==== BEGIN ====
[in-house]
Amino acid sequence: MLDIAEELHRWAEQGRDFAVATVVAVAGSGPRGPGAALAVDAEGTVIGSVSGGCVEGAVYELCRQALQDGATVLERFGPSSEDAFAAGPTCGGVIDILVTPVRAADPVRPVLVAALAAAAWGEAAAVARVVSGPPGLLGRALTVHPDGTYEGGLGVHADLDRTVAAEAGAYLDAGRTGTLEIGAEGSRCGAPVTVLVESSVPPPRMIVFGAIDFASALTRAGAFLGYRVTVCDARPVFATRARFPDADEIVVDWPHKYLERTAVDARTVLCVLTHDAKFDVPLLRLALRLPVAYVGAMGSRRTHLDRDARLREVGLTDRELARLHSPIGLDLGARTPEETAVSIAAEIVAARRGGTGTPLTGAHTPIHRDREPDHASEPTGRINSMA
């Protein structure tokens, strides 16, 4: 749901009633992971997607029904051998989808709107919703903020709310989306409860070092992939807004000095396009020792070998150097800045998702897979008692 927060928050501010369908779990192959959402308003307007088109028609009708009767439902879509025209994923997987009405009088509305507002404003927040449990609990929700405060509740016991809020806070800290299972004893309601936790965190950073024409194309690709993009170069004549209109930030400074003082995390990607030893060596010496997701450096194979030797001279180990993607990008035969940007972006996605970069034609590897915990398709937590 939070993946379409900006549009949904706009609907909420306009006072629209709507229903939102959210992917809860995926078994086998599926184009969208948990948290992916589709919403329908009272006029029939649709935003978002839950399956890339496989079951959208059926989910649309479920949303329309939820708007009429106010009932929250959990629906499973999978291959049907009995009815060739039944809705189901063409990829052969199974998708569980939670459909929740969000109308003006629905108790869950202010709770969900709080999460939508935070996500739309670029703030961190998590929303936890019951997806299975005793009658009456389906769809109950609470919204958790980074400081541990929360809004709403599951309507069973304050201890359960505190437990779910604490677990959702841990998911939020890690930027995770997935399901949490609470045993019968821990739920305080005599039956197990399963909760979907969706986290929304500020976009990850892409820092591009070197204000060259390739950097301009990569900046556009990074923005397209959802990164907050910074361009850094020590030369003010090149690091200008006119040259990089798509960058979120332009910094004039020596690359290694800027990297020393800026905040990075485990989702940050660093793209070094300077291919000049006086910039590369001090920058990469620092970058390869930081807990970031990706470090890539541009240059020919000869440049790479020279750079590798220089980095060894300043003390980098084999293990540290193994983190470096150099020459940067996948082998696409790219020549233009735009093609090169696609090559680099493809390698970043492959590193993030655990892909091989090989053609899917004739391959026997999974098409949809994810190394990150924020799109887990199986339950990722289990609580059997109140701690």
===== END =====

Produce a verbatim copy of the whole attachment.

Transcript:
[in-house]
Amino acid sequence: MLDIAEELHRWAEQGRDFAVATVVAVAGSGPRGPGAALAVDAEGTVIGSVSGGCVEGAVYELCRQALQDGATVLERFGPSSEDAFAAGPTCGGVIDILVTPVRAADPVRPVLVAALAAAAWGEAAAVARVVSGPPGLLGRALTVHPDGTYEGGLGVHADLDRTVAAEAGAYLDAGRTGTLEIGAEGSRCGAPVTVLVESSVPPPRMIVFGAIDFASALTRAGAFLGYRVTVCDARPVFATRARFPDADEIVVDWPHKYLERTAVDARTVLCVLTHDAKFDVPLLRLALRLPVAYVGAMGSRRTHLDRDARLREVGLTDRELARLHSPIGLDLGARTPEETAVSIAAEIVAARRGGTGTPLTGAHTPIHRDREPDHASEPTGRINSMA
């Protein structure tokens, strides 16, 4: 749901009633992971997607029904051998989808709107919703903020709310989306409860070092992939807004000095396009020792070998150097800045998702897979008692 927060928050501010369908779990192959959402308003307007088109028609009708009767439902879509025209994923997987009405009088509305507002404003927040449990609990929700405060509740016991809020806070800290299972004893309601936790965190950073024409194309690709993009170069004549209109930030400074003082995390990607030893060596010496997701450096194979030797001279180990993607990008035969940007972006996605970069034609590897915990398709937590 939070993946379409900006549009949904706009609907909420306009006072629209709507229903939102959210992917809860995926078994086998599926184009969208948990948290992916589709919403329908009272006029029939649709935003978002839950399956890339496989079951959208059926989910649309479920949303329309939820708007009429106010009932929250959990629906499973999978291959049907009995009815060739039944809705189901063409990829052969199974998708569980939670459909929740969000109308003006629905108790869950202010709770969900709080999460939508935070996500739309670029703030961190998590929303936890019951997806299975005793009658009456389906769809109950609470919204958790980074400081541990929360809004709403599951309507069973304050201890359960505190437990779910604490677990959702841990998911939020890690930027995770997935399901949490609470045993019968821990739920305080005599039956197990399963909760979907969706986290929304500020976009990850892409820092591009070197204000060259390739950097301009990569900046556009990074923005397209959802990164907050910074361009850094020590030369003010090149690091200008006119040259990089798509960058979120332009910094004039020596690359290694800027990297020393800026905040990075485990989702940050660093793209070094300077291919000049006086910039590369001090920058990469620092970058390869930081807990970031990706470090890539541009240059020919000869440049790479020279750079590798220089980095060894300043003390980098084999293990540290193994983190470096150099020459940067996948082998696409790219020549233009735009093609090169696609090559680099493809390698970043492959590193993030655990892909091989090989053609899917004739391959026997999974098409949809994810190394990150924020799109887990199986339950990722289990609580059997109140701690």